Walk around. Observe everything. Pay attention to all those remarkable little and big things. Amaze yourself with all those utilities, appliances, gadgets and machines around, many of them communicating with others or just communicating inside themselves
in some – for most of us – mysterious way. Imagine that all those appliances and things that come with a battery or main cord fail to work. Maybe due to some power failure, maybe just because they’re on strike. Just try to imagine what still
works. That’s not so much. No cars that were build in the past 20 years would run. No radios, no lights, no TV, no automatic doors, no phone, no cell phone, no remote control, no fridge nor microwave, no mp3 player, no heating, no internet…
hardly anything would be operational anymore. And that’s basically because most of the things that we use and see are packed with electronic systems. Most of these electronic systems are very small Integrated Circuits (ICs) or chips, largely
invisible for most people, but present in and around almost everything we use.
At the IC-Design group (https://www.utwente.nl/ewi/icd) the research focuses on the evolution in integrated electronics, with occasionally revolutionary steps. IC-component sizes are nowadays a fraction of the wavelength of visible light: true nanotechnology! We exploit the most advanced nanometer IC-technologies in the world with focus on CMOS, and hence have many contacts and research contracts with major European, American and Asian players in the field. ICD research aims at creating technological breakthroughs in electronic circuit and system design, leading to higher performance, new functionality and lower power consumption, enabling new possibilities and new applications. In this creative research process, we strive to find fundamental solutions that are widely applicable. Our approach requires a solid theoretical background, good analytical skills, and last but not least creativity: all spear points in the education and research program at ICD.
Our research field ranges from small analog and digital circuits through complex mixed-signal systems like analog-digital converters and RF-frontend circuits to high level electronic system design. Signal frequencies may range from DC to several GHz, spanning almost all relevant circuits and systems in mainstream IC-technologies. Examples of these include wireless radio circuits and systems, AD/DA converters, frequency synthesizers, filters or cancellers for interference and noise reduction, accurate Voltage and frequency references, high speed fiber-optic interfaces, and multi-antenna transceiver systems with microwave integration.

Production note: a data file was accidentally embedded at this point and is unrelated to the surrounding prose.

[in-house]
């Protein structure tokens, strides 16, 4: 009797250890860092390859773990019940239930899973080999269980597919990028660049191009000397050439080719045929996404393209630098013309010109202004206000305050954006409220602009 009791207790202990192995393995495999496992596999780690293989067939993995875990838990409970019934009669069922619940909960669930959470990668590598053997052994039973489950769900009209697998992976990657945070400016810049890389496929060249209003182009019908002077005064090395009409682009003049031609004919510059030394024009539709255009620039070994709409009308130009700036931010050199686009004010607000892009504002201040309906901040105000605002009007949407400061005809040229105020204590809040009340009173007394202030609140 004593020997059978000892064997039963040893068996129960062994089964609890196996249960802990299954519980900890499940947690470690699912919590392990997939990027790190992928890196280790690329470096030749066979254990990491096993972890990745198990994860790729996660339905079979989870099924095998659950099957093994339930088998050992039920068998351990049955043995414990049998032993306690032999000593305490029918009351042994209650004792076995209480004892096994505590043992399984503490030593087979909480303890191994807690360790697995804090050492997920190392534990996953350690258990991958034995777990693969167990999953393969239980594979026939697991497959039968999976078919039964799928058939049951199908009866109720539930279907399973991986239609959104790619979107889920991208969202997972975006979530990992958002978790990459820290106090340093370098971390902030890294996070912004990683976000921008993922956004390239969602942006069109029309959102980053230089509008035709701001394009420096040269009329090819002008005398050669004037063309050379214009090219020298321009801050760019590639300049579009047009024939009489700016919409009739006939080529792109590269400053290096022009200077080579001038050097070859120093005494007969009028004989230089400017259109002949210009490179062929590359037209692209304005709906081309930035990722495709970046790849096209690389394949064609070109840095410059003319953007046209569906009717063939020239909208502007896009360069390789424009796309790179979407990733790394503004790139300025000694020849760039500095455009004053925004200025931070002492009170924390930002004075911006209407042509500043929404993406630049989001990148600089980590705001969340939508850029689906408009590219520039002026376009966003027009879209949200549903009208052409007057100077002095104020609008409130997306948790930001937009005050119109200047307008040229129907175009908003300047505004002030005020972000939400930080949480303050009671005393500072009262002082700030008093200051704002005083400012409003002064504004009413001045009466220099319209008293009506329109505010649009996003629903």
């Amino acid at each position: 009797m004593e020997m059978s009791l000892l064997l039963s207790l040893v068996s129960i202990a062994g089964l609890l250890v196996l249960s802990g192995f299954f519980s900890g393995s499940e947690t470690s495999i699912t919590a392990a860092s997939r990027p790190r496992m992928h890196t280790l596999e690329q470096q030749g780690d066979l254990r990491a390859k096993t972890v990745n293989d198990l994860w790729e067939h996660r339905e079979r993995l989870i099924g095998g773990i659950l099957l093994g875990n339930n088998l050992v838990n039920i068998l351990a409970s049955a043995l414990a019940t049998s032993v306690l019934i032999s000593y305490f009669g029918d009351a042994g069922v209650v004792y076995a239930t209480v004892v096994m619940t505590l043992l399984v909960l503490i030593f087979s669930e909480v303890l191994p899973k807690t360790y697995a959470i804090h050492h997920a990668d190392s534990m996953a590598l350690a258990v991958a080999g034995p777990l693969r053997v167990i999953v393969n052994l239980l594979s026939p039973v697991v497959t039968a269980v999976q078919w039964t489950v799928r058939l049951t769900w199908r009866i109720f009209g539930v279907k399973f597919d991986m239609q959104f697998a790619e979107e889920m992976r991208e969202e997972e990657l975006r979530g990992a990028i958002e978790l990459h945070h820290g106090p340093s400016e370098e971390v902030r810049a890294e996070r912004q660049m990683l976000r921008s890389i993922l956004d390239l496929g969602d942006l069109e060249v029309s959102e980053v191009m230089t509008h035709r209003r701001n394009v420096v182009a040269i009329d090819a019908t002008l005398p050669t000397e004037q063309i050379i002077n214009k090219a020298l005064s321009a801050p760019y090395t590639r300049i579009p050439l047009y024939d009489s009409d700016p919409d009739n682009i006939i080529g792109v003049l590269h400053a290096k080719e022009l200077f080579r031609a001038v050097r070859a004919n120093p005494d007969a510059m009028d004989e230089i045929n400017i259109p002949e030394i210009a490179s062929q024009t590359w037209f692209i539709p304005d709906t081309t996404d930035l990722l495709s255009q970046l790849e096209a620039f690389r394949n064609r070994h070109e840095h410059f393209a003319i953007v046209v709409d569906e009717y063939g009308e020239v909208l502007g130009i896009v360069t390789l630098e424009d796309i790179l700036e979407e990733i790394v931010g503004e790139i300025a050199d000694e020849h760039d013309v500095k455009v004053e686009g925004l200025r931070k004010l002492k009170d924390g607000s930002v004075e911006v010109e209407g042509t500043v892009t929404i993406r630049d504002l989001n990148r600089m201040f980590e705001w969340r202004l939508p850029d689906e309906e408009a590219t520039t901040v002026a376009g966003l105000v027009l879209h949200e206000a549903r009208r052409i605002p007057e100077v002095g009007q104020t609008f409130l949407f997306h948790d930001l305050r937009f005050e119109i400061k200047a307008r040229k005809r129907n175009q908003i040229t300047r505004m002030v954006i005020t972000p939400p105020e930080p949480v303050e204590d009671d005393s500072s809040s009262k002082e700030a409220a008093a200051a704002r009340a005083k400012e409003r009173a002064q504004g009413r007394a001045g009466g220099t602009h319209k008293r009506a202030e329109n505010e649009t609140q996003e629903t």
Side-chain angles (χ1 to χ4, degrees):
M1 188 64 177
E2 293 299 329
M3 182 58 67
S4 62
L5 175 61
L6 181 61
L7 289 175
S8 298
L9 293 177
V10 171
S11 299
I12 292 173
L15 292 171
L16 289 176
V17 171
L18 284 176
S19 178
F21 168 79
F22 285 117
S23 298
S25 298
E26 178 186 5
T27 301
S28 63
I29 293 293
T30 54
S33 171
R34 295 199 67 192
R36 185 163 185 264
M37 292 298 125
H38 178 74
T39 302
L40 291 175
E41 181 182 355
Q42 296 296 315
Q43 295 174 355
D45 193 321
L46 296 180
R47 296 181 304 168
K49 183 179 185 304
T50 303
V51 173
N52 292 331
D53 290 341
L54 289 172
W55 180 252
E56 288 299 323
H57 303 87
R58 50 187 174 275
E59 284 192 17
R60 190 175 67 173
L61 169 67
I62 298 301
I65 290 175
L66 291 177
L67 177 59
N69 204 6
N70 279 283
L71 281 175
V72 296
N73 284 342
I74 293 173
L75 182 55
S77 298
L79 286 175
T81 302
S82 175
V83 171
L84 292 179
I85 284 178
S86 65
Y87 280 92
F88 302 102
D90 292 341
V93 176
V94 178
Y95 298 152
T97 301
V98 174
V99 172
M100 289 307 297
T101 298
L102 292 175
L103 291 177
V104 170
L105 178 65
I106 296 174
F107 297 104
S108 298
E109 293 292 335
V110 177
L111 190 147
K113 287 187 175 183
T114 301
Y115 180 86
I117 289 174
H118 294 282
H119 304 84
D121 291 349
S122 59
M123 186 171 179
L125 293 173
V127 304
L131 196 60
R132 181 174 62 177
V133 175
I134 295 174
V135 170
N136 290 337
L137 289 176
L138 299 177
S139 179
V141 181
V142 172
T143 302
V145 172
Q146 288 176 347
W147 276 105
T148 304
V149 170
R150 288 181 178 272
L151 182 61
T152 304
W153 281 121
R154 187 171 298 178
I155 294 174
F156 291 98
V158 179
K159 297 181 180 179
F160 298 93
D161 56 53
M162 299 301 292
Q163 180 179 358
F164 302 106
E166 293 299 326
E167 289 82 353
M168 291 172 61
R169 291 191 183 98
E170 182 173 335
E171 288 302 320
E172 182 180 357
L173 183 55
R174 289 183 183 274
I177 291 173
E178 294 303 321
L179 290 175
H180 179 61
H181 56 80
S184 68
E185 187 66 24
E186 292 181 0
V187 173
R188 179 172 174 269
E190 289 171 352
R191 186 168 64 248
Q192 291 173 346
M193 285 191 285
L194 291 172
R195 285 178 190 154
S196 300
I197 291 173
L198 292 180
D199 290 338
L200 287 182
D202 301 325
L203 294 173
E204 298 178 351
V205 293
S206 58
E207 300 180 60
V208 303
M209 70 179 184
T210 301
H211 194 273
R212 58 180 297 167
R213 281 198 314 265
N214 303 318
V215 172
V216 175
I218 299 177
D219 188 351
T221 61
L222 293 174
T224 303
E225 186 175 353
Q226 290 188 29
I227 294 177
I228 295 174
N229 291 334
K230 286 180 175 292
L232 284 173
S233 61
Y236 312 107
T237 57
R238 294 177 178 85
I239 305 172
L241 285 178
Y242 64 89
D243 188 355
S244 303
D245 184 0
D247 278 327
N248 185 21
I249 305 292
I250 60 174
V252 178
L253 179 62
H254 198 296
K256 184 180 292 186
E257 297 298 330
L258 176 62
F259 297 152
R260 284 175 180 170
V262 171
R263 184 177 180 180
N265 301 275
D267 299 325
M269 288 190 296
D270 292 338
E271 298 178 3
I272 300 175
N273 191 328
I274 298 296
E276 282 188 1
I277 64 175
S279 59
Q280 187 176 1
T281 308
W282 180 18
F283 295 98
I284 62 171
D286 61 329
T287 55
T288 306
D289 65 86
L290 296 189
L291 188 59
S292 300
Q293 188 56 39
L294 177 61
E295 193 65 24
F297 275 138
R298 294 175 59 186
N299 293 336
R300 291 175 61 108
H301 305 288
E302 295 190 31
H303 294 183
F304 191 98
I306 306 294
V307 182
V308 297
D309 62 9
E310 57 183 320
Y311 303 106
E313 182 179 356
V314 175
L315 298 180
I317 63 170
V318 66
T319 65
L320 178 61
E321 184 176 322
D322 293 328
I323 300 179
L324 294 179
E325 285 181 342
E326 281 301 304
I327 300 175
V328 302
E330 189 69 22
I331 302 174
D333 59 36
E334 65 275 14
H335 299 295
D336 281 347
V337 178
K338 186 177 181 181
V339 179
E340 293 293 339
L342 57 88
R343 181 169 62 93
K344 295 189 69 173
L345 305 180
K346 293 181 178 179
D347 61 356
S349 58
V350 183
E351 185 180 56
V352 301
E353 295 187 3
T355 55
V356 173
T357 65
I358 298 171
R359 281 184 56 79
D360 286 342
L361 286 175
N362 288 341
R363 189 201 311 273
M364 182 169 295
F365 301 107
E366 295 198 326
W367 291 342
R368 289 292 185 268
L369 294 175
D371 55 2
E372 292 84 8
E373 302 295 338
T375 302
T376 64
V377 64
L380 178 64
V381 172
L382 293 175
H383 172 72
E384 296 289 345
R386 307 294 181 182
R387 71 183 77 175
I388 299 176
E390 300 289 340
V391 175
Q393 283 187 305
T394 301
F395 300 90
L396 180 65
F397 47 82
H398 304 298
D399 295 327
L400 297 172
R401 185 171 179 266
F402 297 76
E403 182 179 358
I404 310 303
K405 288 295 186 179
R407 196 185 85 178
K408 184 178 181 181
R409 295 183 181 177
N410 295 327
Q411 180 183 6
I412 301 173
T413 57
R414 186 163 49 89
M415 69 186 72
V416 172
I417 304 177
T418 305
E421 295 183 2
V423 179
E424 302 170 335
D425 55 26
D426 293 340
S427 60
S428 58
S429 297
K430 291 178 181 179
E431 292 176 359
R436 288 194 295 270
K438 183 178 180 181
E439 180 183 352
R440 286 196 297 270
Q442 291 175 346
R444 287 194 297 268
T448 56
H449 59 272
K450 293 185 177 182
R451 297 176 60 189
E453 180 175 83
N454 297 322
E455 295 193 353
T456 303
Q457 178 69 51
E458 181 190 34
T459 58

The IMS group works at the international forefront of materials science research on complex metal oxides and hybrids, and provides an environment where young researchers and students are stimulated to excel in this field. The research is focussed on the
The general objective of the chair NanoElectronic Materials (NEM) is the research in new inorganic materials for applications in nanotechnology, and to improve the existing ones. The research is based on current trends in nanomaterials science and developments within MESA+: controlled growth of materials, control of their structure, and understanding of the structure-property relations. Physics Of Complex Inorganic Nano-Materials. The research in the IMS workgroup headed by dr. Gertjan Koster focuses on three areas: manipulated oxide thin film growth and modeling, oxide thin film meso materials and in situ spectroscopy. The research is centered on the COMAT system; a UHV pulsed laser deposition (PLD) system with in situ spectroscopies and imaging techniques (XPS, UPS, XPD, STM, AFM, PFM).
Inorganic & Hybrid Nanomaterials Chemistry
Activities are focused on the development functional inorganic and hybrid nanomaterials and nanostructures from colloidal and chemical solutions. The main emphasis within the research is on oxide and hybrid thin films for energy and electronic applications, soft lithographic micro- and nanopatterning of functional oxides, and the synthesis and applications of low-dimensional nanostructures like nanowires and nanosheets.
Nanomaterials for Energy Conversion and Storage
The research is focused on the study of novel nanostructured thin films with special structural and advanced functional properties at the incorporated interfaces. The aim is to develop new materials towards improved energy applications, such as solid-state batteries and thermoelectric energy generators.